Downfall of Mankind
Vile Birth

You don’t want to know what I had to do to get a deathcore review from the hands of the boss man, but I’m going to tell you anyway. I won the first annual Teeth of the Divine Knife Fight Championships. Whether he was a willing or knowing participant is irrelevant. I still won and got what I wanted, as well as an order of protection and a criminal record. Some people just don’t understand passion and the willingness to do whatever it takes to win.

I think Downfall of Mankind do, as this Portuguese deathcore outfit is out to prove on their debut album, Vile Birth. Let’s be clear from the start. If you’re not into the recent symphonic deathcore resurgence, then you can stop reading…

Still here? Good. So, the question isn’t if they do something unique, but it’s if they bring the songs. The short answer is “yes…” After brief music box intro, “Beneath the Aftermath,” gets going with some suitably brutal vocals, including highs, lows, and of course the “brees.” Not Drew. What stands out is the chunkiness of the riff production and the excellent, yet subtle use of keys and choral, angelic vocals in the latter half.

Something that’s immediately apparent if you go through the track listing is the guest appearances. This is becoming a normal occurrence in the scene as it happens on 4 of the 9 tracks. Of note is an appearance by Julien Truchan of bree favorite, Benighted on track 4, “Vile Birth.” Besides the appearance itself, this track has a catchy guitar harmony and of course the use of some subtle keys. I must admit if you didn’t read his name on the track, you probably wouldn’t notice Julien’s presence.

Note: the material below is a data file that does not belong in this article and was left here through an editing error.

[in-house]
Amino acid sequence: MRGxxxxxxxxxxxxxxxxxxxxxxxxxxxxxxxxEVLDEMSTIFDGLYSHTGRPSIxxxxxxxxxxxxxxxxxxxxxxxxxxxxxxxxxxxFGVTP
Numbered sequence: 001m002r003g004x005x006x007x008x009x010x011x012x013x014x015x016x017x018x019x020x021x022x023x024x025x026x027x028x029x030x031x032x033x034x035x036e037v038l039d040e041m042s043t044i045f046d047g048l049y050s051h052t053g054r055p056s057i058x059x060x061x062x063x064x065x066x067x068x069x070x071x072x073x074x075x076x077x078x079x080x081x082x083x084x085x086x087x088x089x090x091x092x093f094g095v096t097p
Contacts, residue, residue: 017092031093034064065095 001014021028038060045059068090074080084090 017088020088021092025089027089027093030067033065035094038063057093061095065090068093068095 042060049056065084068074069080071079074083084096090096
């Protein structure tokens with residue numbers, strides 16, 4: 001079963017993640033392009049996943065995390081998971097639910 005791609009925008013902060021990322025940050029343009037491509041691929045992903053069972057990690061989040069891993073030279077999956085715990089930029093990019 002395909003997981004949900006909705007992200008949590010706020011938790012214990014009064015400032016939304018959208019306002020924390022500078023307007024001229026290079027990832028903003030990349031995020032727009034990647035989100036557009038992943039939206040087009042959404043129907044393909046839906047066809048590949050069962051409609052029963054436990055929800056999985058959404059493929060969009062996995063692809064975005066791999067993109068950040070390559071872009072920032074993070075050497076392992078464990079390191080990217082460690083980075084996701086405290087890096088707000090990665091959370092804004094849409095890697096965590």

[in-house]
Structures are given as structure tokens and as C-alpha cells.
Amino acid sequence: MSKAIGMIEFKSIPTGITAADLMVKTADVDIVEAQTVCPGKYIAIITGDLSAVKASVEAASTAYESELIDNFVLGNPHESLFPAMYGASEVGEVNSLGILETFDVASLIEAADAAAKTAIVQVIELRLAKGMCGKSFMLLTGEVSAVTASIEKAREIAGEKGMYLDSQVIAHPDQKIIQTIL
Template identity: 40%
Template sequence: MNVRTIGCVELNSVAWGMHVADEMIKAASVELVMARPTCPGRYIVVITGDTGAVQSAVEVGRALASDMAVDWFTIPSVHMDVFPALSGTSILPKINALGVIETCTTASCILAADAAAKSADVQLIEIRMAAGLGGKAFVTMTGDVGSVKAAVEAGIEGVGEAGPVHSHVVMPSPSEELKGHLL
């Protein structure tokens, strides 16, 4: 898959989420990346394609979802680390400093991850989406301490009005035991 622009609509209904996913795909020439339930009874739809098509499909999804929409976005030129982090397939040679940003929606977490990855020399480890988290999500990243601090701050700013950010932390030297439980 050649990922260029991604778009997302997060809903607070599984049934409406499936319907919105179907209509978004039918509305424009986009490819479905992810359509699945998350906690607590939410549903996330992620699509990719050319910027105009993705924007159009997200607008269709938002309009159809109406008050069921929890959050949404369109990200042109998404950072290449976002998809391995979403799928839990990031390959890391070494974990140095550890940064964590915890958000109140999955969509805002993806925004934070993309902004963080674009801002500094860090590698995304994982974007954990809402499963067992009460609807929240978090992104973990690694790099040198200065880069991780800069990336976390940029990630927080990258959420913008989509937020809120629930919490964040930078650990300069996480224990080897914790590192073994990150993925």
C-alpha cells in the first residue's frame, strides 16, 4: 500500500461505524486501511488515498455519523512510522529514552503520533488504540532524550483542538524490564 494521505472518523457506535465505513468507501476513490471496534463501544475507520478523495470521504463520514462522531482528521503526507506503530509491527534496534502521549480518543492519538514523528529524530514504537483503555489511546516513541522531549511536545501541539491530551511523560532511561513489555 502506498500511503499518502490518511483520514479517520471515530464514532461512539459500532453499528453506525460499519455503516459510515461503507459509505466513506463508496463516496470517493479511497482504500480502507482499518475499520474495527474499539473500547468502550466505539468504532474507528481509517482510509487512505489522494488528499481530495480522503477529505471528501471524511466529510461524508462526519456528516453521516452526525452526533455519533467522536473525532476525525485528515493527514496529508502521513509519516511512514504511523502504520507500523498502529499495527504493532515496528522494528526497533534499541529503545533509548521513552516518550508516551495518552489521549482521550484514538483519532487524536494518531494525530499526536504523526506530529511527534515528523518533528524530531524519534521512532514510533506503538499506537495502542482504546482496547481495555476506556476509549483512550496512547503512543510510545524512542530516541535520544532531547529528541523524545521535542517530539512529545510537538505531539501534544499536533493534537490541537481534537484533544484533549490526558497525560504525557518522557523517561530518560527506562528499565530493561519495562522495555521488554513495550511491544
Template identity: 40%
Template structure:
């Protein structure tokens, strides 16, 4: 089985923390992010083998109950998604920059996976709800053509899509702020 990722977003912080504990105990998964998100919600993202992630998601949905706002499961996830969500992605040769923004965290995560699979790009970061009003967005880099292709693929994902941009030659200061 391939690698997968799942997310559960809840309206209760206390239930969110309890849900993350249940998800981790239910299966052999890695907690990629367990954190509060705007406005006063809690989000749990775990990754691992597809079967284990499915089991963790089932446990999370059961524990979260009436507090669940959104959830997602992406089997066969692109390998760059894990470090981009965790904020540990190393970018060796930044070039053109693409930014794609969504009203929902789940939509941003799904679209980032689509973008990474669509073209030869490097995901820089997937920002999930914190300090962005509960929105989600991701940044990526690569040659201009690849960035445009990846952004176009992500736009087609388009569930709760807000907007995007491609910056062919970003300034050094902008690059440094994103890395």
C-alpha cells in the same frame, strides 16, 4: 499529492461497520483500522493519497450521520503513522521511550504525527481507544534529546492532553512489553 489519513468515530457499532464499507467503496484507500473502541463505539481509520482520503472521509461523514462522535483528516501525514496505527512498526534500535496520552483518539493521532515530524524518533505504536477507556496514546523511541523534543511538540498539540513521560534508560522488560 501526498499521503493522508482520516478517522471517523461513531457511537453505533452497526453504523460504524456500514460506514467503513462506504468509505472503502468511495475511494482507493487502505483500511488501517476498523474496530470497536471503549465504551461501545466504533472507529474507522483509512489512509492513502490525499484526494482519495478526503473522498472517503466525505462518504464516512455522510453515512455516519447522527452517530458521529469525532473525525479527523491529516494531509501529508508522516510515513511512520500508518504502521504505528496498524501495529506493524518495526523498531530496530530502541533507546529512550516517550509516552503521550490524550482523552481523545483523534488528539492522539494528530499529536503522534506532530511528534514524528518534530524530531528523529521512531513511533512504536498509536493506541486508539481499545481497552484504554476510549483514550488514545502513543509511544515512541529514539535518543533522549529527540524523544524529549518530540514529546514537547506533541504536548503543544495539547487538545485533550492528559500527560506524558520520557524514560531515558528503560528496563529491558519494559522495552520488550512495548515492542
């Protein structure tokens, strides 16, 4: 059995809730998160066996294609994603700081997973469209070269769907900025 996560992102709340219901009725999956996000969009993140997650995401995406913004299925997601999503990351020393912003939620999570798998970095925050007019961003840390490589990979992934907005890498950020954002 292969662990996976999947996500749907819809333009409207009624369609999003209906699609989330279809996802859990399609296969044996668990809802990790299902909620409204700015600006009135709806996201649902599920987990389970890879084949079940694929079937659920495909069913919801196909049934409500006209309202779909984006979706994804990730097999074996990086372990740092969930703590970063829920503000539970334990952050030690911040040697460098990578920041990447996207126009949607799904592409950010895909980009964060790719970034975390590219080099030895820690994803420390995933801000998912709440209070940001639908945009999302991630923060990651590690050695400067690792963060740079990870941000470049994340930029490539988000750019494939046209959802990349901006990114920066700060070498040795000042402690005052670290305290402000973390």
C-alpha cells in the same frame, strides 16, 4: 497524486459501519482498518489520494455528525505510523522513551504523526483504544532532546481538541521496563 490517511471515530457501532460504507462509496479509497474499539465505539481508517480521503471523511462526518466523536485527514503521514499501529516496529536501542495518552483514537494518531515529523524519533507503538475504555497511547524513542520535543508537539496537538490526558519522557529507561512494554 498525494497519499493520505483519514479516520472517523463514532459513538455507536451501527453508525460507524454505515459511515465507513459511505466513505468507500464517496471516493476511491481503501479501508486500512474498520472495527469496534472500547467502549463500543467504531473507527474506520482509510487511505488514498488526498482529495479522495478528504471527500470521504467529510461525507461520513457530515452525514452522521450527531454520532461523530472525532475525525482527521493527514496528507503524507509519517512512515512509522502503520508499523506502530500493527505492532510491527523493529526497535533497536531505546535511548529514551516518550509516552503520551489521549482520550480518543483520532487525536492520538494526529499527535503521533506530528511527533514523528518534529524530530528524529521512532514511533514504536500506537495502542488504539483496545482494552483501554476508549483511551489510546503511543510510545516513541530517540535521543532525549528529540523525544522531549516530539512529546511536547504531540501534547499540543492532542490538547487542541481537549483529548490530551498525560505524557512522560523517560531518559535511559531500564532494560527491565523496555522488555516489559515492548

Next up on the guest appearance list is on track 6, “For I am Terror,” which has Kyle Anderson of the much hyped, yet still somehow underrated Brand of Sacrifice, one of the best front men in the scene along with Ben Duerr of Shadow of Intent. This track has more of a metalcore than deathcore chug. Yeah, I know that’s semantics. Maybe it’s because I recognize his voice, but his appearance stands out a little more. Overall, though, the track is a lot of the same with the subtle, well-placed keys, and it brings the brutality suitably.

The next track, “Maker’s Funeral,” stands out. It’s a little heavier than the rest up to this point and has a hardcore stomp. It’s also very easy to hear that bass rumbling in the background. The keys throughout are once again very subtle. Maybe it’s that hardcore “BLECH” that does it for me.

To close out the album, there’s another guest. This time it’s Luis Diaz of Counteractt, which I must admit is a band whose path I have yet to cross. That metalcore chug is back near the end, but the rest is a suitably driving deathcore track.

This is a fun, solid debut from Downfall of Mankind. It’s one of the better symphonic deathcore releases from this year, but that’s the rub. If the past two years were a towel, it would be so saturated that you would need to seriously just wash that fucking gross towel, man! It’s becoming very difficult to distinguish between bands. Don’t get me wrong, I really enjoy the style, but I’m wondering how much longer this can last. Luckily, for now, I do still find enjoyment in the style, and Downfall of Mankind is a damn fine example.

[Visit the band's website]
Written by J Mays
May 12th, 2022


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